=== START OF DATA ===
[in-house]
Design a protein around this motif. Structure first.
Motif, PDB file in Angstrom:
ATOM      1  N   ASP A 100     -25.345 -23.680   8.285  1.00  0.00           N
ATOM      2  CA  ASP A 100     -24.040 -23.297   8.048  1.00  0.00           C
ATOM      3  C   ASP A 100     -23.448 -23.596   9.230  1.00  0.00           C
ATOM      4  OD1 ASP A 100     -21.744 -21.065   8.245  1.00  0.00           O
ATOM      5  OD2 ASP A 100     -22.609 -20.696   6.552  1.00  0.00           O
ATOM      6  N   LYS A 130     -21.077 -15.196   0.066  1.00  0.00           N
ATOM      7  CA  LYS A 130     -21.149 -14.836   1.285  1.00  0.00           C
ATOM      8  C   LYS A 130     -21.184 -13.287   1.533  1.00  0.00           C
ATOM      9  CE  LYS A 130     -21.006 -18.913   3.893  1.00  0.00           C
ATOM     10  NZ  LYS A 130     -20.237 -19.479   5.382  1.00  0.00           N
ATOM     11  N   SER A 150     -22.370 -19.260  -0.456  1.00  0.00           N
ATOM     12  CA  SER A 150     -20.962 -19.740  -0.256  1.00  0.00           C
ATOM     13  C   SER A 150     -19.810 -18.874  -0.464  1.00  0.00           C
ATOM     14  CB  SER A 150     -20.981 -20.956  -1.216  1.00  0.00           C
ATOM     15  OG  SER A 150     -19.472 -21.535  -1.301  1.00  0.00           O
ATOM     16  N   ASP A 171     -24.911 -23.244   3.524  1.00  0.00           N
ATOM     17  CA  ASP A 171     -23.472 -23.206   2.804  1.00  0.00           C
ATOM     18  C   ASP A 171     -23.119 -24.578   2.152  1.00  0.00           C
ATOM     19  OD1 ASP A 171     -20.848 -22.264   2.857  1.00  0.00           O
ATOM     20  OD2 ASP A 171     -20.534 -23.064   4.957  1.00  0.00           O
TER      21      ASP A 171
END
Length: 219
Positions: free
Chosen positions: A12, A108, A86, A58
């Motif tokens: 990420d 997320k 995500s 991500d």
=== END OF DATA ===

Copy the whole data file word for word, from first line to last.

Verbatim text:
[in-house]
Design a protein around this motif. Structure first.
Motif, PDB file in Angstrom:
ATOM      1  N   ASP A 100     -25.345 -23.680   8.285  1.00  0.00           N
ATOM      2  CA  ASP A 100     -24.040 -23.297   8.048  1.00  0.00           C
ATOM      3  C   ASP A 100     -23.448 -23.596   9.230  1.00  0.00           C
ATOM      4  OD1 ASP A 100     -21.744 -21.065   8.245  1.00  0.00           O
ATOM      5  OD2 ASP A 100     -22.609 -20.696   6.552  1.00  0.00           O
ATOM      6  N   LYS A 130     -21.077 -15.196   0.066  1.00  0.00           N
ATOM      7  CA  LYS A 130     -21.149 -14.836   1.285  1.00  0.00           C
ATOM      8  C   LYS A 130     -21.184 -13.287   1.533  1.00  0.00           C
ATOM      9  CE  LYS A 130     -21.006 -18.913   3.893  1.00  0.00           C
ATOM     10  NZ  LYS A 130     -20.237 -19.479   5.382  1.00  0.00           N
ATOM     11  N   SER A 150     -22.370 -19.260  -0.456  1.00  0.00           N
ATOM     12  CA  SER A 150     -20.962 -19.740  -0.256  1.00  0.00           C
ATOM     13  C   SER A 150     -19.810 -18.874  -0.464  1.00  0.00           C
ATOM     14  CB  SER A 150     -20.981 -20.956  -1.216  1.00  0.00           C
ATOM     15  OG  SER A 150     -19.472 -21.535  -1.301  1.00  0.00           O
ATOM     16  N   ASP A 171     -24.911 -23.244   3.524  1.00  0.00           N
ATOM     17  CA  ASP A 171     -23.472 -23.206   2.804  1.00  0.00           C
ATOM     18  C   ASP A 171     -23.119 -24.578   2.152  1.00  0.00           C
ATOM     19  OD1 ASP A 171     -20.848 -22.264   2.857  1.00  0.00           O
ATOM     20  OD2 ASP A 171     -20.534 -23.064   4.957  1.00  0.00           O
TER      21      ASP A 171
END
Length: 219
Positions: free
Chosen positions: A12, A108, A86, A58
């Motif tokens: 990420d 997320k 995500s 991500d």